Are you sure? RR should just distribute routes.
RR do not make any route decisions, and (btw) iBGP
do not make route
decisions - they are mostly based on IGP routing.
All iBGP + RR are doing
- tie external routes to internal IP;
- distribute this information using iBGP mesh, RR's
- receive this information and set up routing using
internal IP (which are
routed by IGP protocls).
End routers receives iBGP routes and uses IGP (OSPF
or EIGRP or anything you
use) for route decisions (of course, we can image
exceptions, but normally ,
it works so that all decisions are based on IGP
routing). Most important
decisions are done , where routes are emitted from
EBGP into iBGP, others -
by iGP; which decisions are done by RR's themself?
The primary decision made by a route-reflector is the
same decision which would be made by multiple routers
in an iBGP full-mesh: which exit point should this
router use to reach a specific netblock.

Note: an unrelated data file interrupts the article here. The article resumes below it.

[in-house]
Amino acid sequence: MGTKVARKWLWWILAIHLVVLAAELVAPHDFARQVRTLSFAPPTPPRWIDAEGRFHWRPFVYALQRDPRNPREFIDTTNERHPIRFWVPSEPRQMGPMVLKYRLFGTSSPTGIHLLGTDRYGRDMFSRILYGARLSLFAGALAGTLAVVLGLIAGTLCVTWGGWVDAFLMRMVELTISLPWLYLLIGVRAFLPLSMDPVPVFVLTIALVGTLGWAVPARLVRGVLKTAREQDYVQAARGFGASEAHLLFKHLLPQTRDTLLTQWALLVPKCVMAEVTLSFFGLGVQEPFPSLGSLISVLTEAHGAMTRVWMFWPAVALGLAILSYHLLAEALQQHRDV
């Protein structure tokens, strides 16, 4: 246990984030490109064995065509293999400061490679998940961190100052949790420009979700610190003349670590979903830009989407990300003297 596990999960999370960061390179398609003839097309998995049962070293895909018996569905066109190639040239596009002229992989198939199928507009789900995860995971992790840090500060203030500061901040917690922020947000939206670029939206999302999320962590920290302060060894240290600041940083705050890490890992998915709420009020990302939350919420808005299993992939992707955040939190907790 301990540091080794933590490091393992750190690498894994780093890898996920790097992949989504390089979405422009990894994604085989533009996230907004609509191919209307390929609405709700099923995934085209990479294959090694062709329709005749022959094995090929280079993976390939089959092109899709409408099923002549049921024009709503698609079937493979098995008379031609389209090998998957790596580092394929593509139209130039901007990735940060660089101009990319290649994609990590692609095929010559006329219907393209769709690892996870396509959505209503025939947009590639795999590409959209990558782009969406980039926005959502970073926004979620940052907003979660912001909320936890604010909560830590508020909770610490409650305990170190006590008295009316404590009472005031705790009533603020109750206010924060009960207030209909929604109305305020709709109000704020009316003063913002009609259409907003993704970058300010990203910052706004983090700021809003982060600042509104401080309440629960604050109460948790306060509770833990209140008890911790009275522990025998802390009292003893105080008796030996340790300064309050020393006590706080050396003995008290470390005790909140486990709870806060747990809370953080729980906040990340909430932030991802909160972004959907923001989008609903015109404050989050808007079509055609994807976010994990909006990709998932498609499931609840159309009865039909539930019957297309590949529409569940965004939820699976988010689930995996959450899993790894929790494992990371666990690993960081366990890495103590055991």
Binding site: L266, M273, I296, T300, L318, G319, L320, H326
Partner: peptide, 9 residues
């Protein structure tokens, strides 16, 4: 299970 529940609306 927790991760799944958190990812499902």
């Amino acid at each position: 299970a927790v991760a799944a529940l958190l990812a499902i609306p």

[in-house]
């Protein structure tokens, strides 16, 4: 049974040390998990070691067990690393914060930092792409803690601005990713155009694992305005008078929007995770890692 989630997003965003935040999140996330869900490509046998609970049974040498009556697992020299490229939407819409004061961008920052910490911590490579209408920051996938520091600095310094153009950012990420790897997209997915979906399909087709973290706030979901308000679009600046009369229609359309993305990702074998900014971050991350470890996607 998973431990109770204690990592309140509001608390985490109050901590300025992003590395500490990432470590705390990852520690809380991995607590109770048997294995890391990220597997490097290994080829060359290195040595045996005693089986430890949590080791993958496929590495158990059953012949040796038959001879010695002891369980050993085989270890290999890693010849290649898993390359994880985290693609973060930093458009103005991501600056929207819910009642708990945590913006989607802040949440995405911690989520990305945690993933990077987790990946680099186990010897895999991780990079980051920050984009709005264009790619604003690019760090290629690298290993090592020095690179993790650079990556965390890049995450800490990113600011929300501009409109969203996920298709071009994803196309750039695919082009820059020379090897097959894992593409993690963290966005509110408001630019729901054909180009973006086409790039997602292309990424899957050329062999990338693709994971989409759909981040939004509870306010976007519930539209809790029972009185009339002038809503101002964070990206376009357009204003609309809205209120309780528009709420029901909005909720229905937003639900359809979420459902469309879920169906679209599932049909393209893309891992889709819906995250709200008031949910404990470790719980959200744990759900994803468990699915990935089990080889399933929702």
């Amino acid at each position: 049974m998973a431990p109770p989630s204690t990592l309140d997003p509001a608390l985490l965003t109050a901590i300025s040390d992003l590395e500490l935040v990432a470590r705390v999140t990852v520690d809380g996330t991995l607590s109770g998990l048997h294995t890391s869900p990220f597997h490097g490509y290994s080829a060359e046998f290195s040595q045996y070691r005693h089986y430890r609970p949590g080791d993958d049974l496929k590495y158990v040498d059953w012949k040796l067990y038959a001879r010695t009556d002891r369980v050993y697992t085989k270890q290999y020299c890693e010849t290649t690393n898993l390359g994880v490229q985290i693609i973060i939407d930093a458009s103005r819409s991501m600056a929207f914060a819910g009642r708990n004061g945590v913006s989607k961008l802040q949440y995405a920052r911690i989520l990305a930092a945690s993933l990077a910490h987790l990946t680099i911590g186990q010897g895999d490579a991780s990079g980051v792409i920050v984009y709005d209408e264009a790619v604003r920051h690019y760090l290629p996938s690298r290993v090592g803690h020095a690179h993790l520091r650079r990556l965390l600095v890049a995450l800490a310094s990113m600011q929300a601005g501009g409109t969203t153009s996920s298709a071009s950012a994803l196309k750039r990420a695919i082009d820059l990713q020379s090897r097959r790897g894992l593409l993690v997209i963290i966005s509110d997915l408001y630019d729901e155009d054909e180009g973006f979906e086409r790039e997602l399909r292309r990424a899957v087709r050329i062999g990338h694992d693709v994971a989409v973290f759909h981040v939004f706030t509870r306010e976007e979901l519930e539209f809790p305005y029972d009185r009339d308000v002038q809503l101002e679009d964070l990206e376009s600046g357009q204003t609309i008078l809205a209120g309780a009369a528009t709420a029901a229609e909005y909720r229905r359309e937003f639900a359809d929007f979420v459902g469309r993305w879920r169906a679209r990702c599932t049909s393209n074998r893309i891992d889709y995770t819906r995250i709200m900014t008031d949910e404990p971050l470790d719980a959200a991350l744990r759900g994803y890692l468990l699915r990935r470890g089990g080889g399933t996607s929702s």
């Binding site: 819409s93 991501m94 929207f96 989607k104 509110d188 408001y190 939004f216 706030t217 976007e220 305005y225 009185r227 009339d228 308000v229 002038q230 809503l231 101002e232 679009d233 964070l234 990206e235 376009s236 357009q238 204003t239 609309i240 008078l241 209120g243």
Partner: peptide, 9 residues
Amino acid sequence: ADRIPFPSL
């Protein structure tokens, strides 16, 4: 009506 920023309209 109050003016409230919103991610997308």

Leaving aside for the moment any manipulation of
multipath, each router will run the BGP route
selection algorithm on each route learned. If
multiple routes are learned to a given destination,
only one will be inserted into the RIB. The standard
behavior for a router is to only pass on those routes
which have been accepted into the RIB.
So if you have this network
And R1 is the only route-reflector (yeah, yeah, bad
design - it's just an example), R4 will only learn
about the path to C1 through R1, and might route
traffic along the R4->R2->R1->C1 path rather than
along the R4->R3->C1 path which would be preferred by
an iBGP full-mesh.
The upshot of this is the following (drumroll):
route reflectors are a wonderful thing, but make sure
that their topology reflects and respects your
underlying IP network topology. If you don't, you can
get unpleasant consequences.